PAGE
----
Timir K. Paul, MD, PhD, FSCAI and Hany Ragy, MD, FSCAI

Introduction

Although an iatrogenic left main (LM) dissection is a rare complication with an incidence of 0.07–0.1%, it can rapidly lead to myocardial infarction (MI) and death; therefore, it demands emergent recognition and management.1–4 An iatrogenic LM dissection can be caused by either a diagnostic or guide catheter or with the use of interventional devices.3, 4 In this Tip of the Month, we focus on the preventable causes and management of an iatrogenic LM dissection.

Table 1: Causes and Prevention of an LM Dissection

Causes

Prevention

A. Iatrogenic

1. Noncoaxial catheter/guide position

1. Make every effort to engage the LM coaxially before a contrast injection.

2. Contrast injection while the pressure is dampened

2. Avoid a contrast injection if the pressure is damped.

3. Deep coronary engagement, especially in distal LM disease or ostial left anterior descending artery stenosis4, 5

3. Avoid deep catheter engagement and always check the pressure waveform before each injection.

4. Ostial/proximal stenosis6

4. Use a nonselective contrast injection to identify the stenosis. Avoid guides with side holes, as they mask pressure dampening.

5. Aggressive guide catheter manipulation, a

7F or 8F guide, and a stiffer guide (e.g., extra backup, Amplatz left)4, 6

5. Disengage the guide during any interventional device withdrawal to avoid inadvertent forward movement of the tip of the guide into the LM.

6. Use of a guide extension

6. Advance the guide extension over a balloon.

7. Aggressive guidewire manipulation, especially with a polymer-jacketed wire in diseased LMs

7. Avoid aggressive wiring; ensure the wire tip is always free in the LM; and exercise caution with polymer-jacketed guidewires.

8. Following balloon angioplasty, stenting, and atherectomy for calcified lesions

8. Use intravascular ultrasound (IVUS) pre-intervention to determine the lesion preparation technique and the optimal balloon and burr size.

9. Balloon rupture due to a calcified lesion (aortocoronary dissection)

9. Prepare the lesion using atherectomy devices in the calcified vessel.

B. Spontaneous LM coronary dissection (rare)

C. Aortic dissection extending into the coronary ostia

 

Diagnosis

  • Meticulous and cautious angiography in multiple orthogonal views
  • Use of Optical Coherence Tomography (OCT) or IVUS
  • More sensitivity with OCT than IVUS in detecting a dissection7

Treatment

  1. Secure the wire in the true lumen, which is the most important step in managing a dissection.
  2. Once the dissection is noted, avoid further contrast injections and, if needed, disengage the catheter for a nonselective injection. Instead, use IVUS to guide the intervention.
  3. Use rapid stent deployment, which is the mainstay of treatment.4, 8, 9
  4. In case stenting fails, call the surgeon immediately for an emergency coronary artery bypass graft (CABG).
  5. For an aorto-ostial lesion:
    1. In ostial LM stenosis, perform an intermittent guide disengagement, which may prevent ischemia. If the pressure dampens, prompt disengagement is necessary.
    2. Stent the coronary ostium, protruding 1–2 mm into the aorta to cover the ostium of the LM.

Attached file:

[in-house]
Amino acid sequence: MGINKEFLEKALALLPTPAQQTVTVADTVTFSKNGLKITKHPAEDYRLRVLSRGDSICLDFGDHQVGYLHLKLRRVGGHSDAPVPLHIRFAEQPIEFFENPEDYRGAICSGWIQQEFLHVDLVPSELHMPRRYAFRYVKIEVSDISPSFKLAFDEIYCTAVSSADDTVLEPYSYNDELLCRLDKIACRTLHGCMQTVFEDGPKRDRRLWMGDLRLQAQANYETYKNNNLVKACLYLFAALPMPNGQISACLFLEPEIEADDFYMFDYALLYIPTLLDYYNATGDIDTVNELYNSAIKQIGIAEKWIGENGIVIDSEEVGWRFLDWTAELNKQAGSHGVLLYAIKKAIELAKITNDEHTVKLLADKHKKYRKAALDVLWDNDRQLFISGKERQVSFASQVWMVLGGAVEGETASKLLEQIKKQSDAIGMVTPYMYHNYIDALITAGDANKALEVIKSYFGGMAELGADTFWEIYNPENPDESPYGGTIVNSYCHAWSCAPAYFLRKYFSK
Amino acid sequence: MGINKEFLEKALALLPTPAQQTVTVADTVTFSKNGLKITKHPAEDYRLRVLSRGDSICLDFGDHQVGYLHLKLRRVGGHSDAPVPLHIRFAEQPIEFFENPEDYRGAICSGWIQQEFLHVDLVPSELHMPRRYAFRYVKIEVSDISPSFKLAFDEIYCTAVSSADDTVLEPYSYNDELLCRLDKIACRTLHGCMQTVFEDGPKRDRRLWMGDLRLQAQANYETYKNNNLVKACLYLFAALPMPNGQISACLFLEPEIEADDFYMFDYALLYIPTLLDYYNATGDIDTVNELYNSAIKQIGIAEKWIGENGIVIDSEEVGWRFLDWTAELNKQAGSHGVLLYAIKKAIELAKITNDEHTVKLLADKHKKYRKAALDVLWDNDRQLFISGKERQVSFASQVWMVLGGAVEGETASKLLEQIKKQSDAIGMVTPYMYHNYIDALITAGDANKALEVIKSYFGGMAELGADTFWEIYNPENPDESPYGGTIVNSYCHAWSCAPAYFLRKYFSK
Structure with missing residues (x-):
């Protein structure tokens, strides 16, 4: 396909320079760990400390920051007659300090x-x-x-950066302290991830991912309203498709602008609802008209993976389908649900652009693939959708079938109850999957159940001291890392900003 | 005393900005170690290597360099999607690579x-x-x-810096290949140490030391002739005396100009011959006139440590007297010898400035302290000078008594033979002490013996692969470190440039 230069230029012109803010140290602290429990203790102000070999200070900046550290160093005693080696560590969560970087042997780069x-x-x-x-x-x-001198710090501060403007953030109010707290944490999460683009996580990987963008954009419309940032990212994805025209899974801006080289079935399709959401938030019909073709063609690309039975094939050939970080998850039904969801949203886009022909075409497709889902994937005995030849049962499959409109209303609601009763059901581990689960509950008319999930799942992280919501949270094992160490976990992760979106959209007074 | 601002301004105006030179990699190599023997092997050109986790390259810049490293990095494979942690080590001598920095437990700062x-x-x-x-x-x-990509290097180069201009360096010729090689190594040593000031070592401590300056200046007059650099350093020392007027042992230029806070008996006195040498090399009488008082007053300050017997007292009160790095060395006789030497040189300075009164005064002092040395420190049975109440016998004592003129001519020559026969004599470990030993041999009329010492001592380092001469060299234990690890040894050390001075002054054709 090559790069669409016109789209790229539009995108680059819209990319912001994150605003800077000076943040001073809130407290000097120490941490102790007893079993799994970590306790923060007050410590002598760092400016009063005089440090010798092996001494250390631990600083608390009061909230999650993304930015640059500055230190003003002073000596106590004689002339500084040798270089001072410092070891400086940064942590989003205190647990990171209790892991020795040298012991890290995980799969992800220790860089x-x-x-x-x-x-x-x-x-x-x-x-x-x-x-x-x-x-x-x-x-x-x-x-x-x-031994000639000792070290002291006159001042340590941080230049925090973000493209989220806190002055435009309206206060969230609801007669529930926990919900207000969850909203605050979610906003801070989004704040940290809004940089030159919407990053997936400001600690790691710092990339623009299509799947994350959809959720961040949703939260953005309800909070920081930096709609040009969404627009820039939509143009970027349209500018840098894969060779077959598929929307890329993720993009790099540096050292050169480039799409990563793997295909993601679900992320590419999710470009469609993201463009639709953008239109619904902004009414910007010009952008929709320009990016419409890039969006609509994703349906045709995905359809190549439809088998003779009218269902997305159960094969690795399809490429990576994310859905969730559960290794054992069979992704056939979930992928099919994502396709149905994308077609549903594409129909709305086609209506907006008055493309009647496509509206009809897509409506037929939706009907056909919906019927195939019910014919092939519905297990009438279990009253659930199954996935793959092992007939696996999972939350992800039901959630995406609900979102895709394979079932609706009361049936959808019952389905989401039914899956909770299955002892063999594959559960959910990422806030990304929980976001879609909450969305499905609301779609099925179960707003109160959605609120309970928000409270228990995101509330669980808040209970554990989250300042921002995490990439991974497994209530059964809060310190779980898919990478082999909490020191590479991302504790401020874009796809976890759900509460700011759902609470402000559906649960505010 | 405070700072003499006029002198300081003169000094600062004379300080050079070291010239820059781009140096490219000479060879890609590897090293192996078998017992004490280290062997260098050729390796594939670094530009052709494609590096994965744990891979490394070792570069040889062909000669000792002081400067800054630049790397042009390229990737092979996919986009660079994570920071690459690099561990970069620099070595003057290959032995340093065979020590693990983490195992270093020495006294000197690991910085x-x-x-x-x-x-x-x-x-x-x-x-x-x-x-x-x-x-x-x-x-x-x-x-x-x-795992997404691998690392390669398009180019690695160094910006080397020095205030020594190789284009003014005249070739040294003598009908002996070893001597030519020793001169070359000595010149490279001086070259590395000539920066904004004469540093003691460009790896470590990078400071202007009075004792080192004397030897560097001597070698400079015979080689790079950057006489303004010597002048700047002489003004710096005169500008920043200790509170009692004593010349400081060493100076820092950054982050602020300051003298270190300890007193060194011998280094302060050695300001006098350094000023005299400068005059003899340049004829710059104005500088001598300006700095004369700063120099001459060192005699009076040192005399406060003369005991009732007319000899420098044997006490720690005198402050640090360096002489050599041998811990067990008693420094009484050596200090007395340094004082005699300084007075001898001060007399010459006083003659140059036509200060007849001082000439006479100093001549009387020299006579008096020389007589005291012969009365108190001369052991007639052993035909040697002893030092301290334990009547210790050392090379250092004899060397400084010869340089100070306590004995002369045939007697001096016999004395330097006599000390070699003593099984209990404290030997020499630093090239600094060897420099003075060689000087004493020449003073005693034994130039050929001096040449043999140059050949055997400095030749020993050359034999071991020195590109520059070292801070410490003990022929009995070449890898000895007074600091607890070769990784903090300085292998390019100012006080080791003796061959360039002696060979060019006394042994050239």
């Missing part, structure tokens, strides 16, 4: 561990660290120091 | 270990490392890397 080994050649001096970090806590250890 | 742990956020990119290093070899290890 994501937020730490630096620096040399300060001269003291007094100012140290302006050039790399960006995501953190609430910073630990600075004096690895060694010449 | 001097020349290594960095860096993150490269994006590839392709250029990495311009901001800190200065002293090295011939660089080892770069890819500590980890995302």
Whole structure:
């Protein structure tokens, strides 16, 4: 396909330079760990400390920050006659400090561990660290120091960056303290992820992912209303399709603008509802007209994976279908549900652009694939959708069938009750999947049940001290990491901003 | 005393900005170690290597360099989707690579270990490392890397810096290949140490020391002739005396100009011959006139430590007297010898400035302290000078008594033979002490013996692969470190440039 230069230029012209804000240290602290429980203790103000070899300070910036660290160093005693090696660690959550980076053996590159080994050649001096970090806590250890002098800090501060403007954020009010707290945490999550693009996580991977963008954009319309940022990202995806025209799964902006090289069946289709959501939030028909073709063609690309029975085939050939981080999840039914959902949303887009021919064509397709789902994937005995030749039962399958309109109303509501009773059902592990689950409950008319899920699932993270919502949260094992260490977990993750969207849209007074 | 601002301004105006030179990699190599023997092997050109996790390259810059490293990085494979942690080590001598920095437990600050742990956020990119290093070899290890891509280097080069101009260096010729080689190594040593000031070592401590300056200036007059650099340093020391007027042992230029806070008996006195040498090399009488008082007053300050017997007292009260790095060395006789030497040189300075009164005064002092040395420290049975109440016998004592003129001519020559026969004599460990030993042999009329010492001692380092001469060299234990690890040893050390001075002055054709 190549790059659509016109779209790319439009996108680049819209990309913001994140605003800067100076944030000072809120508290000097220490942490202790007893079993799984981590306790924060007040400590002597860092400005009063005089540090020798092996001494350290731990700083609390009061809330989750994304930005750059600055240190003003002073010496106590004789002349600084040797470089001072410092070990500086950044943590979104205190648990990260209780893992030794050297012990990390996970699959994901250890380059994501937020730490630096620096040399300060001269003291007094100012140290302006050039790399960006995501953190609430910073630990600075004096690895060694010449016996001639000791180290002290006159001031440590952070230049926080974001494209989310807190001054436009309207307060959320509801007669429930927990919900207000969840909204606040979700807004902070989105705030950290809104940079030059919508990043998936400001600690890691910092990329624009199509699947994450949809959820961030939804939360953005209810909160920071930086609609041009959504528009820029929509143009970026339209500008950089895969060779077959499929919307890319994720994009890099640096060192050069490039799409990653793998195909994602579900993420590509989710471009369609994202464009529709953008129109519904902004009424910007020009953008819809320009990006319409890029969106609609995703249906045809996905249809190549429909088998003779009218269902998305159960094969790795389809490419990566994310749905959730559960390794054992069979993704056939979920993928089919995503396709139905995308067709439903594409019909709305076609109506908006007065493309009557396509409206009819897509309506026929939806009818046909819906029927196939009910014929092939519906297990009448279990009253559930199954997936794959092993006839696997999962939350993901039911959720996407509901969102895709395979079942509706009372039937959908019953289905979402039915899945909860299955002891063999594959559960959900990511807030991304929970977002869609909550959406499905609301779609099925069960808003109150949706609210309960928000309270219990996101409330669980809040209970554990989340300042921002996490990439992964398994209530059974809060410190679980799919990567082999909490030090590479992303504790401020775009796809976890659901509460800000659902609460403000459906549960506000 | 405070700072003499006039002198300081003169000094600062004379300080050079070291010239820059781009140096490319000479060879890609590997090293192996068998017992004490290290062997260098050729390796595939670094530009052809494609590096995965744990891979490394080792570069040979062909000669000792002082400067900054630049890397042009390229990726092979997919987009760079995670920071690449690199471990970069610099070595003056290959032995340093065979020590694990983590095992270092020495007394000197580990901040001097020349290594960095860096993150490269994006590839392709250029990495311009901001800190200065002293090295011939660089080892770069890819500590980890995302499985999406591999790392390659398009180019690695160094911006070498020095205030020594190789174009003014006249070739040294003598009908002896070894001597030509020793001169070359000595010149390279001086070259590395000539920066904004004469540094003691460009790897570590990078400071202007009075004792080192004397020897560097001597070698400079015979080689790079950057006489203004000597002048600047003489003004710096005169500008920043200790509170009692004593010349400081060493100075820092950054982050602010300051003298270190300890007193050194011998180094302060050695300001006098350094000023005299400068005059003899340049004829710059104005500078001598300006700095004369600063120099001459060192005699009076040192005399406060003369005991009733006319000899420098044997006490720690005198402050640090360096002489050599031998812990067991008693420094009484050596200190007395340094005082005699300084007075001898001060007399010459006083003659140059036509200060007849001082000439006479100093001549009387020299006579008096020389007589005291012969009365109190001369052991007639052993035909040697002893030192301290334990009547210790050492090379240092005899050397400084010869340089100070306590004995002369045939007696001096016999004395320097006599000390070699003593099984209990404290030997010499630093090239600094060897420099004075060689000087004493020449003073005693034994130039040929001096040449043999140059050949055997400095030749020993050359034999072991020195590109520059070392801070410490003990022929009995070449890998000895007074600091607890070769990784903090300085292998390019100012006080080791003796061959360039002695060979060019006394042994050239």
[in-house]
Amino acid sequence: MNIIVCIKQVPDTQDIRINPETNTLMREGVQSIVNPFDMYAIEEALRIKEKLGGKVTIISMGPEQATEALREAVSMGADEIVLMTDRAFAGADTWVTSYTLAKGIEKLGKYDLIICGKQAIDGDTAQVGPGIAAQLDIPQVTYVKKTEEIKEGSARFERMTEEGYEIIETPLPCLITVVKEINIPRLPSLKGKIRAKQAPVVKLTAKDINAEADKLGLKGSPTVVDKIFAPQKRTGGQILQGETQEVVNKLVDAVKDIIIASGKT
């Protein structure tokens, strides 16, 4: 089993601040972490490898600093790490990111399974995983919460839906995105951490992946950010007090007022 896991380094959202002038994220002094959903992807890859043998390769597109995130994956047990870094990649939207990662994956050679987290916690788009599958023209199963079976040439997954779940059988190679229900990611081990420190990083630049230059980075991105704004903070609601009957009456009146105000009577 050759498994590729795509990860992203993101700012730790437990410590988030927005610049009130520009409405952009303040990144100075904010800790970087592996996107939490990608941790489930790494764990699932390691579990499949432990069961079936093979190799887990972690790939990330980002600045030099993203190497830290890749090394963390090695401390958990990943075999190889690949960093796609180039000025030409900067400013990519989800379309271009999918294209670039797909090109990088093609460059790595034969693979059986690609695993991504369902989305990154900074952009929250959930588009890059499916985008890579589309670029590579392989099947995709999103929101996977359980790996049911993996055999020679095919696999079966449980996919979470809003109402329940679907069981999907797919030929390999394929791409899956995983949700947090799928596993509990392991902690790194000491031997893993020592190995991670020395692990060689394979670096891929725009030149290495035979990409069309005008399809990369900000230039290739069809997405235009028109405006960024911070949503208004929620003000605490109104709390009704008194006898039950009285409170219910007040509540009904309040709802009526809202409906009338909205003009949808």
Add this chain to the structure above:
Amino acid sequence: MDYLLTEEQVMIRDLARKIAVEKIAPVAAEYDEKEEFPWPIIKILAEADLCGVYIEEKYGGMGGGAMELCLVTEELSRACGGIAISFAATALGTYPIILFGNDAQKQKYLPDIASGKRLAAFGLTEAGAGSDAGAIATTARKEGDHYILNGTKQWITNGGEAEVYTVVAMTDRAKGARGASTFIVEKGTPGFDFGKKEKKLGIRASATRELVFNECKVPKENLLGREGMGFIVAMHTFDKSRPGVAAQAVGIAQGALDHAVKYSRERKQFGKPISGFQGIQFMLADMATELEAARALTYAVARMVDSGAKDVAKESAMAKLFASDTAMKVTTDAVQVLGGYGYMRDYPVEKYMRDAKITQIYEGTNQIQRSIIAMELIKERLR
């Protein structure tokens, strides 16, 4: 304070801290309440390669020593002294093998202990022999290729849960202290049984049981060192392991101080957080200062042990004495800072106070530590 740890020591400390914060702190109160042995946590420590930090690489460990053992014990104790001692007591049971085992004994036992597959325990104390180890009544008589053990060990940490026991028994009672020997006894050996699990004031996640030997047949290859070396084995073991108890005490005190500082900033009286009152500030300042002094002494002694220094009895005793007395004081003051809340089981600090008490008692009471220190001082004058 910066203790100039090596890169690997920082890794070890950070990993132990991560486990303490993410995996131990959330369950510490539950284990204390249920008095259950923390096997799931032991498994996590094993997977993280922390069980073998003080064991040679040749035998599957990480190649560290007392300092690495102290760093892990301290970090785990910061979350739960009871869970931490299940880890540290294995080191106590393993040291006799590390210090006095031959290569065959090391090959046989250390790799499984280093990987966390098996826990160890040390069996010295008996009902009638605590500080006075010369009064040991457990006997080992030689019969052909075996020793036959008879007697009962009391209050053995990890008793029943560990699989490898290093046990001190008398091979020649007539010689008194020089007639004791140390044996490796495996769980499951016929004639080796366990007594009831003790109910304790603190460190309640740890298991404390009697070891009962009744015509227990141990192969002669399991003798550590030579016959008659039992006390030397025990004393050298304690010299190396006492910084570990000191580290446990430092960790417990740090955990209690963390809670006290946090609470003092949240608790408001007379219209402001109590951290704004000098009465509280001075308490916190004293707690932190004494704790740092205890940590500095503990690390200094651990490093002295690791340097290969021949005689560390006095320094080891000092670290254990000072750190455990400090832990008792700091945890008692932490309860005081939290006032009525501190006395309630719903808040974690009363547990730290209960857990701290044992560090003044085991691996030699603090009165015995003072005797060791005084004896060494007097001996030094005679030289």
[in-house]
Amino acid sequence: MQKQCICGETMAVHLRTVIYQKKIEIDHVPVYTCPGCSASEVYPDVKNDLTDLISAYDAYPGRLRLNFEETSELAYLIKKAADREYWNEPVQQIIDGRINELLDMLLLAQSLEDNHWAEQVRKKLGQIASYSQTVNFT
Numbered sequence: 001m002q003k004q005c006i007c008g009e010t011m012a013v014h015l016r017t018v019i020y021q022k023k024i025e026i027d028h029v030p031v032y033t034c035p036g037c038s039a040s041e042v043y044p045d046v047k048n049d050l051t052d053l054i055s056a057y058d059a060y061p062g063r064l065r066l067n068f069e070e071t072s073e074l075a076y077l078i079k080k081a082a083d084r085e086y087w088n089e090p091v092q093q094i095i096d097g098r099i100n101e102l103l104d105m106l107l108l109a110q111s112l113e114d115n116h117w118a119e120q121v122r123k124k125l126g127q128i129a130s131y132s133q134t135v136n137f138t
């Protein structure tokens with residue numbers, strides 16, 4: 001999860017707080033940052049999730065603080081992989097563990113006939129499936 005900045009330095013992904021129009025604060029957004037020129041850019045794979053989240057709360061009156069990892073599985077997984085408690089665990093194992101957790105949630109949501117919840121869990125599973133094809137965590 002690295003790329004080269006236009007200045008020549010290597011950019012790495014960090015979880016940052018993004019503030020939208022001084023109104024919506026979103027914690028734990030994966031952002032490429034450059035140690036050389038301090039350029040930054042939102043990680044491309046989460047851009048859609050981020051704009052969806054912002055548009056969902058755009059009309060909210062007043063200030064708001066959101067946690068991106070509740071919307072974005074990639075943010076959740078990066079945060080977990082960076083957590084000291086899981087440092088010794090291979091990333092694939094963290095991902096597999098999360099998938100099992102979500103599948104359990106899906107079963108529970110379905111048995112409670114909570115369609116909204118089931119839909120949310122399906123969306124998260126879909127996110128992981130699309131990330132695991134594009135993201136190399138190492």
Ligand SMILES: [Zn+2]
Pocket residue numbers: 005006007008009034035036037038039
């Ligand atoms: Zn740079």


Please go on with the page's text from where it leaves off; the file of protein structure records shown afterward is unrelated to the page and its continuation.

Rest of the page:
3. Confirm the ostial LM stent placement in multiple angiographic views, particularly in a shallow left anterior oblique (LAO) cranial view.
    4. Use IVUS to guide the stent placement for complete ostial coverage.10
  6. In the presence of hemodynamic instability, first stent the LM dissection and then insert a left ventricular assist device and/or pacemaker.
  7. For a loss of wire position:
    1. Try to recross the wire with a soft wire in several orthogonal views.
    2. Try a parallel wiring technique, which may help to advance the wire in the true lumen while keeping a wire in the false lumen.
    3. Confirm the distal wire position in the true lumen, preferably by IVUS or alternatively by contrast injection via a microcatheter or over the wire balloon.
    4. Use IVUS to guide reentry into the true lumen and to confirm the distal true lumen wire position.11
    5. If unable to recross into the true lumen, patient will need emergent CABG. A mechanical support device may be needed to stabilize hemodynamics.

Summary

Preventive measures should be taken in cannulating LM to avoid a dissection. Keeping the guidewire in the true lumen is mandatory, and immediate diagnosis and rapid stenting are the keys to preventing propagation of the dissection and restoring blood flow.

References

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  2. Cheng CI, Wu CJ, Hsieh YK, et al. Percutaneous coronary intervention for iatrogenic left main coronary artery dissection. Int J Cardiol. 2008 May 23;126(2):177–82.
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  5. Dunning DW, Kahn JK, Hawkins ET, et al. Iatrogenic coronary artery dissections extending into and involving the aortic root. Catheter Cardiovasc Interv. 2000 Dec;51(4):387–93.
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  10. Abdou SM, Wu CJ. Treatment of aortocoronary dissection complicating anomalous origin right coronary artery and chronic total intervention with intravascular ultrasound guided stenting. Catheter Cardiovasc Interv. 2011 Nov 15;78(6):914–9.
  11. Ihdayhid AR, Brown AJ, McGaw D, et al. Threading the Eye of the Needle: A Challenging Case of Iatrogenic Spiral Coronary Artery Dissection. Heart Lung Circ. 2018 Jun;27(6):e73–e77.